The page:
Folding camera

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Typical folding camera in unfolded posture
Typical folding camera in folded posture
A 1907 woodcut of a horizontal format folding camera

A folding camera is a camera type. Folding cameras derive their name from their feature that they are folded into a compact and rugged package for storage. Typically, the camera objective sits attached to a bellows. Inside the bellows a pantograph-style mechanic attaches the objective to the body. When the camera is fully unfolded it provides the correct focus. The key advantage of folding cameras is their excellent physical-size-to-film-size ratio when the camera is folded for storage. This feature is advantageous particularly large physical films, e.g., medium format films.

Folding cameras dominated camera design from 1900 to 1945. The typical amateur camera of the 1930s was a folding 6x9 camera for either the 120 or 620 film size.

The use of folding cameras declined after World War II with the introduction of 35mm film format in the consumer market. 35mm film made small-sized cameras possible without using bellows. However, some 35 mm cameras continued to be built as folding cameras, e.g., the original Kodak Retina. Medium format folders were produced in USSR until the 1960s[citation needed].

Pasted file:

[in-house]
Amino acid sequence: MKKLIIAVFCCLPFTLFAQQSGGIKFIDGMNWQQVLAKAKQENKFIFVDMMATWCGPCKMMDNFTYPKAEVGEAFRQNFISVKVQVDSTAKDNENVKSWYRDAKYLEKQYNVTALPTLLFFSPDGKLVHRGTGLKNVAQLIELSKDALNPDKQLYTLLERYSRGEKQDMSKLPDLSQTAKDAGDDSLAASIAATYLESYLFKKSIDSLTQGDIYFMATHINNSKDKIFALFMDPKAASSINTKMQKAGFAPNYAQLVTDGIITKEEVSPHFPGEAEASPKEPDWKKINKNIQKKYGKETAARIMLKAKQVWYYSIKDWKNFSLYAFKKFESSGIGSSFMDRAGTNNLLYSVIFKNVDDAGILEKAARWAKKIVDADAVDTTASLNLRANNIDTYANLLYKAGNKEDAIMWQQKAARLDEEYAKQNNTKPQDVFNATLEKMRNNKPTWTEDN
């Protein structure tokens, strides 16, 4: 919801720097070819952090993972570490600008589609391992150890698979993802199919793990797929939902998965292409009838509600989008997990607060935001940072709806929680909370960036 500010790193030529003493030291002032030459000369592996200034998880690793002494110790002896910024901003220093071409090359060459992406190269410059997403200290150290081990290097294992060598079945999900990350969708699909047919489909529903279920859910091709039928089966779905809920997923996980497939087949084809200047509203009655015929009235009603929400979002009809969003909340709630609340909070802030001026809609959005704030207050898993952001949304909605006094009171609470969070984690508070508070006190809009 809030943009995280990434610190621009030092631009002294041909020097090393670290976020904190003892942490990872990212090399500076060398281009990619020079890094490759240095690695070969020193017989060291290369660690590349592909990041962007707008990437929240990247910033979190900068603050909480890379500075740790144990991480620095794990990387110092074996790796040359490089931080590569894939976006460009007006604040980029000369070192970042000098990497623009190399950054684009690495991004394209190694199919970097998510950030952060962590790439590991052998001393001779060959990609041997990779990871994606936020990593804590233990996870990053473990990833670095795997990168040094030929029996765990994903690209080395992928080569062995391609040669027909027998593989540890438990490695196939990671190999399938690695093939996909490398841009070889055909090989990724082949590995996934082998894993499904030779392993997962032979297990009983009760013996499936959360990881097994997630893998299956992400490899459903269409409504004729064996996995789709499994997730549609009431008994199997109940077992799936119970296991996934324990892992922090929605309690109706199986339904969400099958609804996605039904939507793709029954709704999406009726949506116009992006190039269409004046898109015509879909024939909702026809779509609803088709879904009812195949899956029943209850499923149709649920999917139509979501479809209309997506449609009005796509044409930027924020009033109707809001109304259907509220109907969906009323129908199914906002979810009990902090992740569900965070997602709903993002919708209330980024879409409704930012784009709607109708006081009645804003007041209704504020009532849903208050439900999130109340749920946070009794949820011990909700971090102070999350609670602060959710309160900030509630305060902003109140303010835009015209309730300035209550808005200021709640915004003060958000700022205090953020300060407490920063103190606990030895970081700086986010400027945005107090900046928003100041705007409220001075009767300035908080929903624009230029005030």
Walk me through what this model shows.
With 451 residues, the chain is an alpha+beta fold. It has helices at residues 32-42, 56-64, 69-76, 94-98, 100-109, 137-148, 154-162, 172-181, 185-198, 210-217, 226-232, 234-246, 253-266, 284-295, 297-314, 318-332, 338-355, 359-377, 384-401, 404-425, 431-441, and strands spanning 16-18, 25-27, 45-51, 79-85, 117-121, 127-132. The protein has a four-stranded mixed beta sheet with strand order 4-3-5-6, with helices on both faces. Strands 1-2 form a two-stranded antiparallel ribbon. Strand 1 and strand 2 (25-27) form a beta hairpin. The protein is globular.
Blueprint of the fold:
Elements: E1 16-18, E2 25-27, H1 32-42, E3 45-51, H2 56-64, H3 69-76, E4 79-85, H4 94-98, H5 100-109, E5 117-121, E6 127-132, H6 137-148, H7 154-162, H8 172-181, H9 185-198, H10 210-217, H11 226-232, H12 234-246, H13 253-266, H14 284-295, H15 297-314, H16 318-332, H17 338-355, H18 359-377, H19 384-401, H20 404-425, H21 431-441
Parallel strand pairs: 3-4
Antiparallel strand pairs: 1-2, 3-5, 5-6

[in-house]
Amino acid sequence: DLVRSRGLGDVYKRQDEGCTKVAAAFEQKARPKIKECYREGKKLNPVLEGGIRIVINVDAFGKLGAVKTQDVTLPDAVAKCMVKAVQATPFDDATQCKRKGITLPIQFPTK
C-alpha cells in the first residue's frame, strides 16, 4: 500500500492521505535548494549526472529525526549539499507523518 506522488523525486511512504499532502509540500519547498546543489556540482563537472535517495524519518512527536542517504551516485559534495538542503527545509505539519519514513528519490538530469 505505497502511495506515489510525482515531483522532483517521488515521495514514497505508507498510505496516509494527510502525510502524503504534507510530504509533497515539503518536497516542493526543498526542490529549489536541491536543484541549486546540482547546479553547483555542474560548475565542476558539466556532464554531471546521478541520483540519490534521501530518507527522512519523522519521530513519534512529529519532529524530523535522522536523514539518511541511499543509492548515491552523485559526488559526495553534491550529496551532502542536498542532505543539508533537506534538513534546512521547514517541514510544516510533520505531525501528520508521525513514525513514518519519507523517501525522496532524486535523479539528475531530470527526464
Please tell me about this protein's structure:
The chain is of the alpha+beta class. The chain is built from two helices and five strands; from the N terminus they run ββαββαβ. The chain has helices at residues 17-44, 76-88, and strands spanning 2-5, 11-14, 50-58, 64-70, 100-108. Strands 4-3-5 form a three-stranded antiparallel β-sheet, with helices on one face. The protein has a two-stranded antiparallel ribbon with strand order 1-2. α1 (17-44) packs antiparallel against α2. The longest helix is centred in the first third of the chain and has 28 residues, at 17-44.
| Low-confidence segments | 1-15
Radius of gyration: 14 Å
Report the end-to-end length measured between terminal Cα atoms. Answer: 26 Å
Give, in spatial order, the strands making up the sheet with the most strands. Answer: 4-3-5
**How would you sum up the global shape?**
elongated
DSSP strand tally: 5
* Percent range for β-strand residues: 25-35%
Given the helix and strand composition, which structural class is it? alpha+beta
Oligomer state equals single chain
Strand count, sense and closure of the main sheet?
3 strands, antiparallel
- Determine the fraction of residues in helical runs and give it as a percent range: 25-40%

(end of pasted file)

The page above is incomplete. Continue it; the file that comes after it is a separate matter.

Notable folding cameras include

  • Polaroid Corporation's line of instant film folding cameras, including the famous SX-70, a single lens reflex camera
  • Seagull Camera model 203, popular throughout the 1970s, 1980s and 1990s as an inexpensive, entry-level, medium-format camera
  • Voigtländer Bessa III, a retro-style camera with a 6x6 or 6x7 frames using 120/220 medium-format films

See also[edit]